Effects of Task Difficulty on the Disruptive and On-Task Behavior of Students with Severe Behavior Disorders
It has been proposed that academic materials presented to students with emotional and behavioral disorders may serve in some situations as aversive stimuli that increase escape and/or avoidance responses. The results from two single subject studies using ABAB designs that were conducted to examine the effects of the difficulty level of academic tasks (i.e., easy versus difficult) on both the disruptive and on-task behaviors of students with severe behavior disorders are presented. Results indicated that difficult tasks were generally associated with lower percentages of time on-task and higher percentages of time engaged in disruptive behavior than were easy task conditions. Implications for teachers of students with severe behavioral disorders are discussed.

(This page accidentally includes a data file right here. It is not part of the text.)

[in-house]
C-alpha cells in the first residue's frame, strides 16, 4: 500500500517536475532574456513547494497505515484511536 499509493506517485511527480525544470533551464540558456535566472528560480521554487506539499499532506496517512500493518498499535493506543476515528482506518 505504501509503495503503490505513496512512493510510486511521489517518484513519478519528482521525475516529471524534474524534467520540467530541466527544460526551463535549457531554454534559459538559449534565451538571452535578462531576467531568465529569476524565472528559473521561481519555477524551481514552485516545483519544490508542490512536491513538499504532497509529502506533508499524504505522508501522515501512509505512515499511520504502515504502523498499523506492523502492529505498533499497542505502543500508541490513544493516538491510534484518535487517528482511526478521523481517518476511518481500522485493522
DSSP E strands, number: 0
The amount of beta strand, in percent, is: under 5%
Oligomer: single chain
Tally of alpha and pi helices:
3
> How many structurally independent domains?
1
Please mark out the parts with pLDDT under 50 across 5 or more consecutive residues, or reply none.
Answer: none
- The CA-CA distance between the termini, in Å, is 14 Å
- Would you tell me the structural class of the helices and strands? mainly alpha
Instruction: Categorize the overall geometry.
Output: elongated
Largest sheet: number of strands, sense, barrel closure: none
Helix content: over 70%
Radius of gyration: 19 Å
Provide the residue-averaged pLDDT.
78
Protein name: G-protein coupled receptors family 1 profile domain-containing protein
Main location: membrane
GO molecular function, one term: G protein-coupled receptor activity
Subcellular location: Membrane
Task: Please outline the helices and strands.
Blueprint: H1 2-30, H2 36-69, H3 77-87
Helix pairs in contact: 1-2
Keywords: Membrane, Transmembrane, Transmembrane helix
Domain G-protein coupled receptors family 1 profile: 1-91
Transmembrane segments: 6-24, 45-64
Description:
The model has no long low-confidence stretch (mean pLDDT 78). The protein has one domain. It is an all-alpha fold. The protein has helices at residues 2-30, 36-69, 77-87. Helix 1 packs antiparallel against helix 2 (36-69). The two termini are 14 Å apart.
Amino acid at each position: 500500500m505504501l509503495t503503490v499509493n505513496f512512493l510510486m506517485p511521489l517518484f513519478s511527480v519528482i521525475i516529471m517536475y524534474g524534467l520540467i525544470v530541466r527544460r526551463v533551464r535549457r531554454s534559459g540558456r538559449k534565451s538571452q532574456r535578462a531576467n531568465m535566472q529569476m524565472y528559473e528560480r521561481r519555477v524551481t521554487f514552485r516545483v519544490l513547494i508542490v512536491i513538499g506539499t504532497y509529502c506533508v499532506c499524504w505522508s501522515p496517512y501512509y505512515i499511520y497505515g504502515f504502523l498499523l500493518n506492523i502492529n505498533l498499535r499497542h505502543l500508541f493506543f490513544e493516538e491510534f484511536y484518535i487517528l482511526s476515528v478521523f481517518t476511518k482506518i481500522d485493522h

DePaepe, Paris A., Richard E. Shores, Susan L. Jack, and R. Kenton Denny. "Effects of task difficulty on the disruptive and on-task behavior of students with severe behavior disorders." Behavioral Disorders 21, no. 3 (1996): 216-225.